News / Europe

    French Cabinet Approves Islamic Veil Ban

    A woman dressed in a niqab, speaks with reporters during a press conference in Montreuil, east of Paris, 18 May 2010
    A woman dressed in a niqab, speaks with reporters during a press conference in Montreuil, east of Paris, 18 May 2010
    Lisa Bryant

    France's Cabinet has approved draft legislation banning the face-covering Islamic veil.  If the bill is passed, France could become the second European country after Belgium to ban the garment.

    There was little doubt that France's center-right Cabinet would pass the draft legislation to ban the face veil.  The next step is for French deputies to vote on the measure.  The vote is slated for July and Parliament is expected to pass the measure.  Last week, the deputies unanimously adopted a resolution condemning the face-covering veil as an affront to French values.

    If the legislation goes into force, women wearing the garment in public places would be fined about $185. Those found forcing women to wear the face veil are subject to even stiffer sentences - a fine of up to $18,000 and a year in prison.

    Very few women actually wear the face veil in France.  The government estimates fewer than 2,000 women wear the veil out of a total Muslim population of up to six million.  But the ban's supporters say the measure would send a strong signal in favor of women's rights and France's staunchly secular creed.

    France's Islamic population is divided over the measure.  Some support a ban - like one young French woman, called Kahina, who was interviewed by French radio.

    Kahina agreed that the face veil, also called the burqa here, violated women's rights.  But others, like another Muslim woman Anissa, feels a ban would unfairly target the Muslim community.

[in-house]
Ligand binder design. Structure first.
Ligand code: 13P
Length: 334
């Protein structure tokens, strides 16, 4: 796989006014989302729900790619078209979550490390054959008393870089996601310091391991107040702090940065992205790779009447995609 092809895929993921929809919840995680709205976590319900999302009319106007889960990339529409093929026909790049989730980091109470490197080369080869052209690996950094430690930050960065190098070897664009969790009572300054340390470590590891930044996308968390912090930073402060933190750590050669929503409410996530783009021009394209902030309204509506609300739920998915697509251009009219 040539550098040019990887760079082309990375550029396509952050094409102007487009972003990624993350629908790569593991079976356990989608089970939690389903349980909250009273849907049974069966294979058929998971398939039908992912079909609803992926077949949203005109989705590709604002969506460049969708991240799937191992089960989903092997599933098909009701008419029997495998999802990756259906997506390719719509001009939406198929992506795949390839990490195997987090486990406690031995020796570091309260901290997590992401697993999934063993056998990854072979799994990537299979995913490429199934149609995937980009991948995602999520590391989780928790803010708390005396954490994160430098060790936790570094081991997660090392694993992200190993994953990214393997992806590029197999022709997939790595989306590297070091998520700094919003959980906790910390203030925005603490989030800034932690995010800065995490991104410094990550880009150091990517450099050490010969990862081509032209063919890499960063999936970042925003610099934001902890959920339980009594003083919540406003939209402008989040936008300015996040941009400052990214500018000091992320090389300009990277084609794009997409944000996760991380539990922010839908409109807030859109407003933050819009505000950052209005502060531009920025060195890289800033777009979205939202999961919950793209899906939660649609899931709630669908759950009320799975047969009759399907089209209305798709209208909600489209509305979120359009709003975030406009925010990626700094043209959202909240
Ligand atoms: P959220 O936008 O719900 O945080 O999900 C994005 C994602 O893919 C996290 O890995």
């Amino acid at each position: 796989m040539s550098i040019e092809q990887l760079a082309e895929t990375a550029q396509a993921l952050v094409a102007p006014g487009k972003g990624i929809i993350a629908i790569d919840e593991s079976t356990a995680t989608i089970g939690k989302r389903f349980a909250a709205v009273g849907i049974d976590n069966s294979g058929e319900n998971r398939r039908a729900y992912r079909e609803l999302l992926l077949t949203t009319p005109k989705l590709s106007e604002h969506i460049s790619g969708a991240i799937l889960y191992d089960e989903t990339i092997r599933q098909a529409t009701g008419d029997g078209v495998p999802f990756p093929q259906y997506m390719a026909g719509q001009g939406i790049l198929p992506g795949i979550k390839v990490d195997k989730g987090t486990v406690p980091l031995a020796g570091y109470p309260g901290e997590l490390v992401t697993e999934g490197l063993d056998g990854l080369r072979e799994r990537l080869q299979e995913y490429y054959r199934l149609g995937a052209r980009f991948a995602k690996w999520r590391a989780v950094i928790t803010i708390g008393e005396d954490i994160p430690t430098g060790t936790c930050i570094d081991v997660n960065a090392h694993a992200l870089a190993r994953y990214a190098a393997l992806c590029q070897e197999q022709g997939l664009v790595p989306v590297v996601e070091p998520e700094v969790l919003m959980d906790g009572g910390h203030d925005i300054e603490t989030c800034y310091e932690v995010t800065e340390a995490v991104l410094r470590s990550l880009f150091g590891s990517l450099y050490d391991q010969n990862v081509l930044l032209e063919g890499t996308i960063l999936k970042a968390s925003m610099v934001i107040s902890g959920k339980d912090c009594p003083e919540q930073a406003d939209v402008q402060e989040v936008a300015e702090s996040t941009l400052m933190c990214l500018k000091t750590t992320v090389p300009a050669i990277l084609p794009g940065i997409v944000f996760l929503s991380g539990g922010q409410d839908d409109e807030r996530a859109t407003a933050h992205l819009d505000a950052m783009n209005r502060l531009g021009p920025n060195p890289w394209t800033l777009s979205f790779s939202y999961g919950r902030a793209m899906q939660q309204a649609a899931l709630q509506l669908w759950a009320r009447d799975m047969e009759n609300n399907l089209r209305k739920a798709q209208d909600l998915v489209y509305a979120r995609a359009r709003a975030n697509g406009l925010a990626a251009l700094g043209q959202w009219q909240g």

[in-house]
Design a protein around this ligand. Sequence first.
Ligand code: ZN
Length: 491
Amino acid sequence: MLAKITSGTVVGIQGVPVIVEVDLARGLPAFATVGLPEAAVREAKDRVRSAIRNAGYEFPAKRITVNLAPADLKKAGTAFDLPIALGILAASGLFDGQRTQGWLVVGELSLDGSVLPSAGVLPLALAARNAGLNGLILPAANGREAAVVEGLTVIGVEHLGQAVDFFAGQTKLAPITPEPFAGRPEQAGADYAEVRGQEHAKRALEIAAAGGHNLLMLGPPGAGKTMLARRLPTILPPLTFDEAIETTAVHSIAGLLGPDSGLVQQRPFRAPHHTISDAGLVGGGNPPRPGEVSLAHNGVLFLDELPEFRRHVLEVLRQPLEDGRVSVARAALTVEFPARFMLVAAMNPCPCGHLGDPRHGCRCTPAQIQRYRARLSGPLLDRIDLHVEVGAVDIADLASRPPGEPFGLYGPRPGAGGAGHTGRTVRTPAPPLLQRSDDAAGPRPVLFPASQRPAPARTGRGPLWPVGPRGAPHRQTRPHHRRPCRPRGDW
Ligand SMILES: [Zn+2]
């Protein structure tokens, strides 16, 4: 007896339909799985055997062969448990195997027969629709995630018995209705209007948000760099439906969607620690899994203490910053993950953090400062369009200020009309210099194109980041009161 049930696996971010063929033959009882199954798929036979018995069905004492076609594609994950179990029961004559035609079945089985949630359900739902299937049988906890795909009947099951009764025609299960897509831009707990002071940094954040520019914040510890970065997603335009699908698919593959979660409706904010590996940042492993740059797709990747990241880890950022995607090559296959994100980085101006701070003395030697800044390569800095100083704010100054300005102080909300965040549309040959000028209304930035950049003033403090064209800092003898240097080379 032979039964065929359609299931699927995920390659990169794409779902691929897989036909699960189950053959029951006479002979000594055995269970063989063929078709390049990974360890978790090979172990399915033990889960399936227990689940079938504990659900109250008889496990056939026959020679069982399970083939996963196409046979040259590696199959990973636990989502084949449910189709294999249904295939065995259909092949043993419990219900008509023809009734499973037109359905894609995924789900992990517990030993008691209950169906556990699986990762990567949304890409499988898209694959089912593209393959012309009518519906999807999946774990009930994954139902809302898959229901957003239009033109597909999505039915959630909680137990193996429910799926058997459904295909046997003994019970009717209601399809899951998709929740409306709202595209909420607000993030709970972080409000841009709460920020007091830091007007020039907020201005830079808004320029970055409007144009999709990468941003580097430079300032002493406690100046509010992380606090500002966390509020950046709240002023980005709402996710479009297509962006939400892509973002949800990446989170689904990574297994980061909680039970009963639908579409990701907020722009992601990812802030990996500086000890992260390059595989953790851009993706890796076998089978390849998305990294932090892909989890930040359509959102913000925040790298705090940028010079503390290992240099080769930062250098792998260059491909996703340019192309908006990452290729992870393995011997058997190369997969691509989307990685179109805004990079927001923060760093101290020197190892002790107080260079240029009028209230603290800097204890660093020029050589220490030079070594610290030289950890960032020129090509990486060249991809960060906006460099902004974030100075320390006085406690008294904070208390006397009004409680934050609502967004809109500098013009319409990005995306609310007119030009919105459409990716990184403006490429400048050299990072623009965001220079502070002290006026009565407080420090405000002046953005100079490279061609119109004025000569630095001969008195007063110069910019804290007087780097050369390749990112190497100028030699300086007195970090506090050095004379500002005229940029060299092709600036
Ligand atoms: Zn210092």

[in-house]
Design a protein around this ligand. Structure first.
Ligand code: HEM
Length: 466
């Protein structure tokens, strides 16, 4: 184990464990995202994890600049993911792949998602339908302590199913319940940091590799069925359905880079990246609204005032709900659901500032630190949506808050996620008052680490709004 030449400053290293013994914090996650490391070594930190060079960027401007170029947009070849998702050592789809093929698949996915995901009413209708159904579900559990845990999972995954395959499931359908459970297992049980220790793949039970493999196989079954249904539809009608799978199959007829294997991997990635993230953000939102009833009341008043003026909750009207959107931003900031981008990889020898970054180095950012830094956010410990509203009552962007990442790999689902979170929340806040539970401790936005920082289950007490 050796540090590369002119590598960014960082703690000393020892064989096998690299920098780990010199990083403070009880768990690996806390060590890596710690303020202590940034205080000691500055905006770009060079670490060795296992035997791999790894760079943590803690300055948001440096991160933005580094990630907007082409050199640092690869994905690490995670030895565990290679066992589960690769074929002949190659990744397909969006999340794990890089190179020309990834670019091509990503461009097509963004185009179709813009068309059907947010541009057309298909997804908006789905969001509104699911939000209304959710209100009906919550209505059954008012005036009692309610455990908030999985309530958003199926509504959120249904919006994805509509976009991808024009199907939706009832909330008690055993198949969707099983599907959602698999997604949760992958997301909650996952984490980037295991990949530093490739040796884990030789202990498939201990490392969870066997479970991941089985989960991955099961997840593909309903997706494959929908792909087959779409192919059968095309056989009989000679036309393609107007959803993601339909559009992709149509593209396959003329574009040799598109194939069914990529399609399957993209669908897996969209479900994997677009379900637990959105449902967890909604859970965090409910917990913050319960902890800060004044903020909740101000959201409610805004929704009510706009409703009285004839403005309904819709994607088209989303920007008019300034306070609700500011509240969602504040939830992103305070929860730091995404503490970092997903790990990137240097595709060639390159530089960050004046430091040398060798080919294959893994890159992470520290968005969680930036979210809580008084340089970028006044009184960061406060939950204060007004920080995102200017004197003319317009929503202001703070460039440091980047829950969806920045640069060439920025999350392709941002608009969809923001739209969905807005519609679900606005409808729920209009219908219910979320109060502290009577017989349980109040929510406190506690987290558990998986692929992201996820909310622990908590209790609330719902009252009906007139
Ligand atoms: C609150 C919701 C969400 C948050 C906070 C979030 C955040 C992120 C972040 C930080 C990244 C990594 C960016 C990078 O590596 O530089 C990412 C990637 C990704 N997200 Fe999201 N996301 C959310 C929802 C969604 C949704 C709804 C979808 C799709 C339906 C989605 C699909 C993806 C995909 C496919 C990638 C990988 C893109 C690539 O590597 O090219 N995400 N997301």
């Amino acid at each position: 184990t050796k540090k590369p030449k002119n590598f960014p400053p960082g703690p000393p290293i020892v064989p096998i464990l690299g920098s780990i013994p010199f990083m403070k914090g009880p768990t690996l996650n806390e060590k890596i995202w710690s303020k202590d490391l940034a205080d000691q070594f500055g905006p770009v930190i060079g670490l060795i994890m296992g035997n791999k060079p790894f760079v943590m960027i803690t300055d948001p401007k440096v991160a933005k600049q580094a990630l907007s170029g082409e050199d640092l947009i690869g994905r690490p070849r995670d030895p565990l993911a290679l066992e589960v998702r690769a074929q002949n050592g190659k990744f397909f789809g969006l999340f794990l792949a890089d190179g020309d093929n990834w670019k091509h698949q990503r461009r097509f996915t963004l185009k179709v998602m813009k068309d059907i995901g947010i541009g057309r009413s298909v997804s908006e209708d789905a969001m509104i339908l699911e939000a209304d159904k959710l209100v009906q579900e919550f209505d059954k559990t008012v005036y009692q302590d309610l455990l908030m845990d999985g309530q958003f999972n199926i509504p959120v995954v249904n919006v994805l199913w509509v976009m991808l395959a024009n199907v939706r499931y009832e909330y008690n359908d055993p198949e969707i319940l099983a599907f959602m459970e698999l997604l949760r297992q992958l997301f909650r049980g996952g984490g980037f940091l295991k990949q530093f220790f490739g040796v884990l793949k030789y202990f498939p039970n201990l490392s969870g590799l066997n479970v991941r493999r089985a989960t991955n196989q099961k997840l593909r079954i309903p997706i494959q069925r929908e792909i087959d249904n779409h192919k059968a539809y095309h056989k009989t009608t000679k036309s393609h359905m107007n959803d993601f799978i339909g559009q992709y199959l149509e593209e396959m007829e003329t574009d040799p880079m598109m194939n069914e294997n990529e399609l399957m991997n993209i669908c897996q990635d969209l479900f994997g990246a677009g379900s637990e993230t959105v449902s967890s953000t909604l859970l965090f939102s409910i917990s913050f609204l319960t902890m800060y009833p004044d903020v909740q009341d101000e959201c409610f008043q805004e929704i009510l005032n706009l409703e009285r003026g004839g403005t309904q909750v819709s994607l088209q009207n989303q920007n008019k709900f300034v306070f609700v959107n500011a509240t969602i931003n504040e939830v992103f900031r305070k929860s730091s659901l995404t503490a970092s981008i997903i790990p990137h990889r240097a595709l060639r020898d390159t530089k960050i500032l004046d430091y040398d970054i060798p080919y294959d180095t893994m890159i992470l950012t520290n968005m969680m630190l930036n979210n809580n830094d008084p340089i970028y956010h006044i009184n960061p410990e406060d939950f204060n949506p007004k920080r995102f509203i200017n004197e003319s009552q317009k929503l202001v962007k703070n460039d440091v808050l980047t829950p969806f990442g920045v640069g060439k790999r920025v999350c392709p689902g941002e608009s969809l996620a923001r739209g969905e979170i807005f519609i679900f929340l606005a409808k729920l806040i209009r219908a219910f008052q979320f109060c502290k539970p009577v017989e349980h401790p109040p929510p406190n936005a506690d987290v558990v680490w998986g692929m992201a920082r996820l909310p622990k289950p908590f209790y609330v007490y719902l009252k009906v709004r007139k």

Anissa, who wears a veil that does not cover the face, believes a ban on the face veil stigmatizes Islam.  She notes other Islamic symbols that have also come into question in Europe - notably minarets on mosques and the headscarf in public schools.

    If the legislation is passed, France could become the second Western European country to ban the veil.  Belgium's lower house voted for a veil ban last month and the senate is expected to approve it in a separate vote.  The French government foresees a six-month period before enforcing a ban, allowing time to explain the legislation and push women to abandon the garment.

    If the legislation is passed, France could become the second Western European country to ban the veil. Belgium's lower house voted for a veil ban last month and the senate is expected to approve it in a separate vote.  The French government foresees a six-month period before enforcing a ban, allowing time to explain the legislation and push women to abandon the garment.

    But the legislation still faces stumbling blocks.  France's State Council, the country's highest administrative body, has warned it may be unconstitutional.  And some Muslim women have threatened to take the matter to the European Court of Human Rights.  

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